Understanding information-seeking behaviour is essential to evaluate the impact of digital media in online public archaeology. To address these questions, nine online surveys were undertaken as part of my doctoral research, outlined in Table 1.
|Survey No.||Survey Title||Dates Open||Questions||Responses||100% Completed|
|1||Archaeology & Twitter 2011||01/04/11- 15/04/11||27||167||85|
|2||Archaeology & Social Media Policy||06/10/11- 31/01/12||15||293||189|
|3||Archaeology & Twitter 2012||01/02/12- 15/02/12||22||331||191|
|4||Preserving Public Archaeology Content Created Online||22/07/12- 29/08/12||17||104||62|
|5||Measuring the Success of Your Digital Project||12/11/12- 12/01/13||12||287||136|
|6||Understanding Barriers to Public Engagement with Archaeology Online||02/10/12- 31/01/13||19||248||123|
|7||Live-tweeting at Archaeology Conferences||21/01/13- 28/01/13||11||187||142|
|8||Archaeology & Twitter 2013||11/04/13- 24/04/13||22||155||111|
|9||Using the Internet for Archaeology||07/02/13- 07/04/13||24||577||428|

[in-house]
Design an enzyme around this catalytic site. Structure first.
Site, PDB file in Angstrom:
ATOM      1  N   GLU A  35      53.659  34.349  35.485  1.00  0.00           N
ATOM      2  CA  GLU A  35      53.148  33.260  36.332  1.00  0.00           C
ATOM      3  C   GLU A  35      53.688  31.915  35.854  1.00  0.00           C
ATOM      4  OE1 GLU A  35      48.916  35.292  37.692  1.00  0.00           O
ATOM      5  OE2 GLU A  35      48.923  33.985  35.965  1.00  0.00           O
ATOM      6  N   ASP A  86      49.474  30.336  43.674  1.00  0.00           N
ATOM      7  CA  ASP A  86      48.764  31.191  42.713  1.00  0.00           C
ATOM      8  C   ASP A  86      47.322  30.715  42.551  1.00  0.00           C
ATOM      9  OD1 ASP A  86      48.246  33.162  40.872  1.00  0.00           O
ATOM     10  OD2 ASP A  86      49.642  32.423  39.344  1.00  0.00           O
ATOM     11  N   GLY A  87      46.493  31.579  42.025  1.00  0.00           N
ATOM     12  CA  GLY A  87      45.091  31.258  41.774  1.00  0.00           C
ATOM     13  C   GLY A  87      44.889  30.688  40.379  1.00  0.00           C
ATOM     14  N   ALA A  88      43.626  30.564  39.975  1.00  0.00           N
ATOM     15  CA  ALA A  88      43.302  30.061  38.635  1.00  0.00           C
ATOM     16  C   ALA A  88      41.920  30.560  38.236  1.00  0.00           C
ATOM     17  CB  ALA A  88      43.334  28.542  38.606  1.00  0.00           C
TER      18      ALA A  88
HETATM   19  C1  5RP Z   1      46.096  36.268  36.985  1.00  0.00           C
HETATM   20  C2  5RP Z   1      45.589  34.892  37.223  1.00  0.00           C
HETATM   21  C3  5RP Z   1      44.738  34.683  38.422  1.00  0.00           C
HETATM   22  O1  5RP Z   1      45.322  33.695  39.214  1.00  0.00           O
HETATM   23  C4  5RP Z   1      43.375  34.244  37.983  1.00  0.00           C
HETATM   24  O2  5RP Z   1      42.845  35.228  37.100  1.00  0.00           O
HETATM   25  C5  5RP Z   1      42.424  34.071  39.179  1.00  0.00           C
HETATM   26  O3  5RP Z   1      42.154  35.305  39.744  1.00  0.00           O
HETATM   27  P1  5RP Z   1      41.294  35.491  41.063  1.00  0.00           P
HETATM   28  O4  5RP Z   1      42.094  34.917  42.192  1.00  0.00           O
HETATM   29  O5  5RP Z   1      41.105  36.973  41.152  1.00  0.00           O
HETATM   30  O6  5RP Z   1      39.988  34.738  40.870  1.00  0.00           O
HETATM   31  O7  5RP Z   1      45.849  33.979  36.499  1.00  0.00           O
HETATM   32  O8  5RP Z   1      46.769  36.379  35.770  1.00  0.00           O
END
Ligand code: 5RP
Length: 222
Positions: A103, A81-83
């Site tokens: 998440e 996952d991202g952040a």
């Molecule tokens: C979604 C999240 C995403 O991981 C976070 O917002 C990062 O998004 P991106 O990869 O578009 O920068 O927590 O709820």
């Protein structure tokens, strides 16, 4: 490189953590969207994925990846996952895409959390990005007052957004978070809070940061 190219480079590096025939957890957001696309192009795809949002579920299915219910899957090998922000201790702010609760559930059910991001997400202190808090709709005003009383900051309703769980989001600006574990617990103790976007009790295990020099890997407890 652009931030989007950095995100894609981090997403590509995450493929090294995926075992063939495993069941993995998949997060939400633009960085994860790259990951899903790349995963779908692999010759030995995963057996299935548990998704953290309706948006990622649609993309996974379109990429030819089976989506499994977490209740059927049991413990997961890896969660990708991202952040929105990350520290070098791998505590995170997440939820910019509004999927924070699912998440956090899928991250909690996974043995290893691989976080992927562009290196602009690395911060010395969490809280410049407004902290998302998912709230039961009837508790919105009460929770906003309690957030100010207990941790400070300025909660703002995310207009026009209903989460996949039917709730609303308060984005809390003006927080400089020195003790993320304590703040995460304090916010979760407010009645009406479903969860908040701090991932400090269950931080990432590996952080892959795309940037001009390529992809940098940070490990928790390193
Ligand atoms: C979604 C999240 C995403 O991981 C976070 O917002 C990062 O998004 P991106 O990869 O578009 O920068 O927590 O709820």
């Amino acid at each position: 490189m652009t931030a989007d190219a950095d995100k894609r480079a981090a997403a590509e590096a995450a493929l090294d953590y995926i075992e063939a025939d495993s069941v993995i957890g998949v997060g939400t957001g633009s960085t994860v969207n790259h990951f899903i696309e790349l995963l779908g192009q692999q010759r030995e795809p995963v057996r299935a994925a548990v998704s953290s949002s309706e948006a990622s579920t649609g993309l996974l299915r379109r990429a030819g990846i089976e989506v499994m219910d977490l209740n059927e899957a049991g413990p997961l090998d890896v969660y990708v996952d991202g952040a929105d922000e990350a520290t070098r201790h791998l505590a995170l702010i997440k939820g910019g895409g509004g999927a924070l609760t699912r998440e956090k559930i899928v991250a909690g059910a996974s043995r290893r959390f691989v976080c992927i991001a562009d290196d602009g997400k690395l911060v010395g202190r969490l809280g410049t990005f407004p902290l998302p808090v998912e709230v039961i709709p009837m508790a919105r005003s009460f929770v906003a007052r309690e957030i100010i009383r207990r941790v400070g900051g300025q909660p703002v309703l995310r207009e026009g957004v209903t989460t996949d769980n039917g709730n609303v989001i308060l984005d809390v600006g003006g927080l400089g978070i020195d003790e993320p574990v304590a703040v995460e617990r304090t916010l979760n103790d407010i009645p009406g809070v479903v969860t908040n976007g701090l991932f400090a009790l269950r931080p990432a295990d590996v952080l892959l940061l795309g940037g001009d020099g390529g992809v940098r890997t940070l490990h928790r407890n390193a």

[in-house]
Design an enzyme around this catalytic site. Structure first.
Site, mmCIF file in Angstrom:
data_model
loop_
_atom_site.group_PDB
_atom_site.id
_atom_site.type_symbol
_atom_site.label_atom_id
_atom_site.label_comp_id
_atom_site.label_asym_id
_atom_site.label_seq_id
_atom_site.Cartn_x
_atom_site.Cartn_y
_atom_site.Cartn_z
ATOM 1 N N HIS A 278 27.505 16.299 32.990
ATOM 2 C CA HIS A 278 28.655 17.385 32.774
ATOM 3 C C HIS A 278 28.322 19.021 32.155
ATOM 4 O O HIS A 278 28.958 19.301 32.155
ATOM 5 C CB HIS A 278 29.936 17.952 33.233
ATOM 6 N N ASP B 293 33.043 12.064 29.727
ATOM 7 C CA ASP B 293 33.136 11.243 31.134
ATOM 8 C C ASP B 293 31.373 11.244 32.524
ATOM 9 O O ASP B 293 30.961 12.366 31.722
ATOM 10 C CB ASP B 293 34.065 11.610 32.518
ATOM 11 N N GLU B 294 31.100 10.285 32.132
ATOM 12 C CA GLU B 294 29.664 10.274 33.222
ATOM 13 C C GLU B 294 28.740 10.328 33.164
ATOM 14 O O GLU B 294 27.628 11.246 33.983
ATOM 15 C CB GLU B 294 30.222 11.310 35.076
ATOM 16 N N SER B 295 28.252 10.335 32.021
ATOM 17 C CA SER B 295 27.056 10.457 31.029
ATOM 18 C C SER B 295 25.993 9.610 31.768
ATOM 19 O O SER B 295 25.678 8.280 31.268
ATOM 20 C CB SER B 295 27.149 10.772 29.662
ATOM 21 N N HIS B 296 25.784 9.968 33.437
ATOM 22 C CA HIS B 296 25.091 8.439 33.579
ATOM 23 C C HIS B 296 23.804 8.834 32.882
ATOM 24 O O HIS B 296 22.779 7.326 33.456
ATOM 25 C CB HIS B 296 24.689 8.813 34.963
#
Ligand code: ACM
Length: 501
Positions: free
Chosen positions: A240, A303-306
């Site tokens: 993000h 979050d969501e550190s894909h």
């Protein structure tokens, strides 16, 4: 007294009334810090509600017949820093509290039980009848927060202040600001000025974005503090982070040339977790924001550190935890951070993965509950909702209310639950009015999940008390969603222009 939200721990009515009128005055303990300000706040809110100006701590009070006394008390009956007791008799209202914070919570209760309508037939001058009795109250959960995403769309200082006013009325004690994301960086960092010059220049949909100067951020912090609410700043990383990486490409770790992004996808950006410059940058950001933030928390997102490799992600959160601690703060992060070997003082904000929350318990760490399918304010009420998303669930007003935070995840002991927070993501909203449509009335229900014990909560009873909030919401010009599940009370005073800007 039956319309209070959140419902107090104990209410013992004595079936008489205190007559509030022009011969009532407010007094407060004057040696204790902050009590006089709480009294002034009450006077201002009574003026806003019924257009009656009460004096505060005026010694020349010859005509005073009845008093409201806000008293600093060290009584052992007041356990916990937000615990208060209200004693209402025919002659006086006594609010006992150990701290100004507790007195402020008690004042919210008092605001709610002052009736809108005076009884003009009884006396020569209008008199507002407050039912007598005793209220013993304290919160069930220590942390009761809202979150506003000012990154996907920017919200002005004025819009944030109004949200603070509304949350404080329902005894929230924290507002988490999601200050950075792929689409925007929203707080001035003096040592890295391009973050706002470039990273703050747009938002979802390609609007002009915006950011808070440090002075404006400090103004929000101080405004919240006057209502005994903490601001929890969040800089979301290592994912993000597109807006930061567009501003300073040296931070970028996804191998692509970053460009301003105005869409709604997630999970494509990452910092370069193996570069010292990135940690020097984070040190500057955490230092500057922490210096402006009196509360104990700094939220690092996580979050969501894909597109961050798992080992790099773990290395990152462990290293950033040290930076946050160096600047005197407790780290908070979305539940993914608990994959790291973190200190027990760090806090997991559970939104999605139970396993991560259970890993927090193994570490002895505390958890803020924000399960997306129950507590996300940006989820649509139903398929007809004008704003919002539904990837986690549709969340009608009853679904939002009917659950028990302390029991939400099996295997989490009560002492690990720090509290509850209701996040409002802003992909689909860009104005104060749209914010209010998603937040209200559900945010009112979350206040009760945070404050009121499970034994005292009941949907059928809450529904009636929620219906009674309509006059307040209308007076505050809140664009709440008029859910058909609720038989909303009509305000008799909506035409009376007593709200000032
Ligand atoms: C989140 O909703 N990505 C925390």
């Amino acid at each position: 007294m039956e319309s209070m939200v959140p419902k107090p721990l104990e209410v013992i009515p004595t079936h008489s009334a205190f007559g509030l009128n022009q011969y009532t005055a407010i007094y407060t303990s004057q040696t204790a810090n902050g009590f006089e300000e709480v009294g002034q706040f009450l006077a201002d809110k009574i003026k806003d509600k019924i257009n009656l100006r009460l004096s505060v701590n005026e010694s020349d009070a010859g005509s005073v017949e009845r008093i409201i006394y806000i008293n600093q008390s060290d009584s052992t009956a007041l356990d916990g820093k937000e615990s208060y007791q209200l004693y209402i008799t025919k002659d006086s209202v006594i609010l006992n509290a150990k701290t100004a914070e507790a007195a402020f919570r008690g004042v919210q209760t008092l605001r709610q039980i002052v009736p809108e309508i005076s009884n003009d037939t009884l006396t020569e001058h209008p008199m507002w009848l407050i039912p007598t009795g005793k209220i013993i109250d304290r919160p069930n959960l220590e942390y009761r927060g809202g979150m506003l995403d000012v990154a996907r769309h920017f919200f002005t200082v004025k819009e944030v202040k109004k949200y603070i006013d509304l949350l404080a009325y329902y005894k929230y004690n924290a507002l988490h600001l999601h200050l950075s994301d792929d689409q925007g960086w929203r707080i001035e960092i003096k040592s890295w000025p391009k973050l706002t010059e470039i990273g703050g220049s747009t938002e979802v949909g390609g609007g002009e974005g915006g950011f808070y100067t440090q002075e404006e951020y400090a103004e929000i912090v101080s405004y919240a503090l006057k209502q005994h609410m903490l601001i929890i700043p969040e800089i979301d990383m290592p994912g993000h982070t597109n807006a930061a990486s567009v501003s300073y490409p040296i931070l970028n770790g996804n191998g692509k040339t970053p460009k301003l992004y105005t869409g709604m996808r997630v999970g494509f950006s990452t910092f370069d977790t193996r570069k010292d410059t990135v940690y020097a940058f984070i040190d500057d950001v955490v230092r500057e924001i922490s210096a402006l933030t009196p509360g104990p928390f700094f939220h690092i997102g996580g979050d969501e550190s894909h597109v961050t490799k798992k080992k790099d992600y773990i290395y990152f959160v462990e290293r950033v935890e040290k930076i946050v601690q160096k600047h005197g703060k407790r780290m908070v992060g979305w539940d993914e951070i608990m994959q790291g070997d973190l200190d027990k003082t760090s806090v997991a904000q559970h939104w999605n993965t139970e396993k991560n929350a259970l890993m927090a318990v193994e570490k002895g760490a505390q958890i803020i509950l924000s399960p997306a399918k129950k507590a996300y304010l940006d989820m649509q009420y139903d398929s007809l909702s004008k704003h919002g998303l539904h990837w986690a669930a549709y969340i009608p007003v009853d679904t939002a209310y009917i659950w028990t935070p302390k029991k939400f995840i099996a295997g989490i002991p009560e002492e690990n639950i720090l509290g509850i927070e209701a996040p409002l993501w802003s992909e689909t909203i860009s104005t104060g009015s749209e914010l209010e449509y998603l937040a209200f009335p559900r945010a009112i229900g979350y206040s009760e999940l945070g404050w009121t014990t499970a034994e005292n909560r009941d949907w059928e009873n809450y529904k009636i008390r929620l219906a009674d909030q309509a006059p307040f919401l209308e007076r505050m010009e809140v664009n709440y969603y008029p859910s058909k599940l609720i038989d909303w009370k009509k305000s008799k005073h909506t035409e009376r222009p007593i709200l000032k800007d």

Data were gathered for this research through a number of methods: online survey, email questionnaire and online ethnography, and the results from a number of these have been included in this article. These surveys and questionnaires were specifically created to gather data on the qualitative experiences of consumers of archaeological information online. The use of online surveys for data collection has many advantages, not least convenience and cost: once a survey has been created in the requisite survey software, further expenses such as postage, printing, recording equipment and interviewer salary and travel costs are eliminated. Analysis from the data collected from surveys 1, 3, 8 and 9 are included in this article, and the results from these surveys can be found through Figshare.
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